Put your registered funds to work for you. Our team put together a complete guide to funding your mortgage with RRSPs, including step-by-step lists, answers to all your tax questions, and real-life examples of how much you could be making.
- What Are Registered Funds?
- How to Use Your Registered Funds to Fund Your Mortgage
- Pros of Using Your Registered Funds to Fund Your Mortgage
- Cons of Using Your Registered Funds to Fund Your Mortgage
- Important Considerations for Using Your Registered Funds to Fund Your Mortgage
- 5 Steps to Using Your Big Bank RRSP to Buy Non-Bank Products
- How Do I Get Started?
Most people don’t realize they can invest in private mortgage investment entities like mortgage investment corporations and mortgage trusts, as well as mortgages directly, with their RRSPs. Interested in learning how to invest with your registered funds? We’ll walk you through it.
What Are Registered Funds?
A registered retirement savings plan (RRSP) is a type of Canadian account for holding savings and investment assets. RRSPs are the most popular and well-known registered plans in Canada. They’re established by individuals or often by individuals together with their employers.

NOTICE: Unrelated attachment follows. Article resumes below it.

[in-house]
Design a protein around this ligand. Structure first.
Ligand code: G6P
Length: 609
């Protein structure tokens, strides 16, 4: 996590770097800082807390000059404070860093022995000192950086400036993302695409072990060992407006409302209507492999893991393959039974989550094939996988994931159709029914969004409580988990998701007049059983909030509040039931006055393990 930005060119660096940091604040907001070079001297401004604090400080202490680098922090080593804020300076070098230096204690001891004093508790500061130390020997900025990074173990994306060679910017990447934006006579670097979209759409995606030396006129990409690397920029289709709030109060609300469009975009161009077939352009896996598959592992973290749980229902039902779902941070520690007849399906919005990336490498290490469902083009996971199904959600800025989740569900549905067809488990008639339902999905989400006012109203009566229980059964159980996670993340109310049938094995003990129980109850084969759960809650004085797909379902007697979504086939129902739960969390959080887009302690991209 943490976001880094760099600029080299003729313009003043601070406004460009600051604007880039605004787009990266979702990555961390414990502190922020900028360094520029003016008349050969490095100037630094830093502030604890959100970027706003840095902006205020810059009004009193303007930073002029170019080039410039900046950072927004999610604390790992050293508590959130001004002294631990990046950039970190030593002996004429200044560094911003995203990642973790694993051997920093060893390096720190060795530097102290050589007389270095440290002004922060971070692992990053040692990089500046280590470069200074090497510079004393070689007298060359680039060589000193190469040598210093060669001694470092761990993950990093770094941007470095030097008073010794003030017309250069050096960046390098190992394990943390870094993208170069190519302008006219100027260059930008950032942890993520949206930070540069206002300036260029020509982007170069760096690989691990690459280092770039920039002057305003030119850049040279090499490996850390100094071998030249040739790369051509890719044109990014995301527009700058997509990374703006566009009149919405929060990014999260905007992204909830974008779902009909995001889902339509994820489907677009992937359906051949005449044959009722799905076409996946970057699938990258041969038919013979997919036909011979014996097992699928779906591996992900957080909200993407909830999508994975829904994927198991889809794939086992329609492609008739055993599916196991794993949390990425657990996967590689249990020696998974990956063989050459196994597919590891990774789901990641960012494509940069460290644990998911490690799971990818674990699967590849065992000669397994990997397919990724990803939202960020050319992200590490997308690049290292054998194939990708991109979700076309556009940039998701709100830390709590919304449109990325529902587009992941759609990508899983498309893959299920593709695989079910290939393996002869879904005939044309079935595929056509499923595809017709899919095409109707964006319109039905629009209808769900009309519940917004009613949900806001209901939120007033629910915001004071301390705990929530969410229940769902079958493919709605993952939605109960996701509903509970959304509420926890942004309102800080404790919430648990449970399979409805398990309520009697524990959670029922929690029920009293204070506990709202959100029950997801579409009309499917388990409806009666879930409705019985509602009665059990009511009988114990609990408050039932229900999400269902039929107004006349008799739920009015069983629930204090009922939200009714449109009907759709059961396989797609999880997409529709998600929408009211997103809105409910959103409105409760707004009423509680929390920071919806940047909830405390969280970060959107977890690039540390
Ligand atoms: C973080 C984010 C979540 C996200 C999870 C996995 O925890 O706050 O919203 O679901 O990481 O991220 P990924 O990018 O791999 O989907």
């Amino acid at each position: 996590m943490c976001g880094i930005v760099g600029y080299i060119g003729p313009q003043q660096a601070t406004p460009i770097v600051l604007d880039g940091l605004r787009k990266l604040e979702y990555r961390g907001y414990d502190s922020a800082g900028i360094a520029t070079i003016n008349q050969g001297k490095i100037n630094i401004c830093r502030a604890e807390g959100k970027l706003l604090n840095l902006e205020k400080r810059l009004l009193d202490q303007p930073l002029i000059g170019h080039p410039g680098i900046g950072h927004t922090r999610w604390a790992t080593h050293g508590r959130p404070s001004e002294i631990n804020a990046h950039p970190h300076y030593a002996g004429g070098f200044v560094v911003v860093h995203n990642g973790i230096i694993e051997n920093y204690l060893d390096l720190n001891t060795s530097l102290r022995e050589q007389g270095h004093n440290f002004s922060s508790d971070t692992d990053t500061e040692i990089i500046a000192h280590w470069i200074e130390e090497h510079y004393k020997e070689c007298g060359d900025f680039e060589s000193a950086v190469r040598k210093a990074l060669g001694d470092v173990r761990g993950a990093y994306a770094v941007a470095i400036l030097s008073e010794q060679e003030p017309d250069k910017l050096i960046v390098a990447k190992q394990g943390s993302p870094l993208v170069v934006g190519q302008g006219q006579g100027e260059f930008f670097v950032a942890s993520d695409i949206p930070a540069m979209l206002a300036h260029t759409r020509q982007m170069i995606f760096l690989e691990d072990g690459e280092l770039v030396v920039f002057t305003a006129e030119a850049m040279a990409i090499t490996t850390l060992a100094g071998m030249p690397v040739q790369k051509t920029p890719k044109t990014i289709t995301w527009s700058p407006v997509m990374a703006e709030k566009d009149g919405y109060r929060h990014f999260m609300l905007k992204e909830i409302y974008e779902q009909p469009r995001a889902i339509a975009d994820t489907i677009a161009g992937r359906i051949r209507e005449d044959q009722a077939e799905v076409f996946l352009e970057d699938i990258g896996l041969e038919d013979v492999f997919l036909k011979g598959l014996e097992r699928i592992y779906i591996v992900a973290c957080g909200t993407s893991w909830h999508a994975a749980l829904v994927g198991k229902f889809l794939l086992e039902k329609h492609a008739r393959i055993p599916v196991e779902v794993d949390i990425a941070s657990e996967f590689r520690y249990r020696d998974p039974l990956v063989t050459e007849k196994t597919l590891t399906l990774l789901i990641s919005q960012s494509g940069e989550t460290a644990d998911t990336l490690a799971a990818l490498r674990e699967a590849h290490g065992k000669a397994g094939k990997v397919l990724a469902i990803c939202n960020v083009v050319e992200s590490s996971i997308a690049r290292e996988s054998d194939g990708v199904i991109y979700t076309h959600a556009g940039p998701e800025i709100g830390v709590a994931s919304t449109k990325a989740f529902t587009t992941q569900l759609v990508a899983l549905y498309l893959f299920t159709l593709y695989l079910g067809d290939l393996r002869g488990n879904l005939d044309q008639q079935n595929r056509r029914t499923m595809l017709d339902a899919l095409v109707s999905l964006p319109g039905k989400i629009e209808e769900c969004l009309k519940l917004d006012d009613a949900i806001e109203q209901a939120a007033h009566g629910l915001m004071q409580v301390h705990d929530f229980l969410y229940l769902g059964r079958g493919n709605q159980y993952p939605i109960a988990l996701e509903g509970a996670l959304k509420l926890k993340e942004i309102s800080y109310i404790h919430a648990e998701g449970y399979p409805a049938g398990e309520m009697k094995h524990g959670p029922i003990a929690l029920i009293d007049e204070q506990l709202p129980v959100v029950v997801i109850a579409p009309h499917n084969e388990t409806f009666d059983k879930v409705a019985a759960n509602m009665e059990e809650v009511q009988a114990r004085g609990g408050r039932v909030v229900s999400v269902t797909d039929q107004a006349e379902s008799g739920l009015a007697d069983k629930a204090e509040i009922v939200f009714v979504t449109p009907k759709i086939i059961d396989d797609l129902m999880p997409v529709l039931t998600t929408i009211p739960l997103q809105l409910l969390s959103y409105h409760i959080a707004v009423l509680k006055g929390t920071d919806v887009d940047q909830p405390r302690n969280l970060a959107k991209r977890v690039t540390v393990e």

RRSPs must comply with a variety of restrictions stipulated in the Canadian Income Tax Act. Approved assets include savings accounts, guaranteed investment certificates (GICs), bonds, mortgage loans, mutual funds, income trusts, corporate shares, exchange-traded funds, foreign currency, and labour-sponsored funds.
These are all called “registered” plans, meaning that they are recognized by our revenue authorities as tax-incentivised wealth management accounts. All of these plans are registered with the Canada Revenue Authority and are provided by approved service providers like banks, trust companies, and insurance companies. Contributions can be made on your own behalf or on behalf of your spouse up to and including the year you and your spouse turn 71.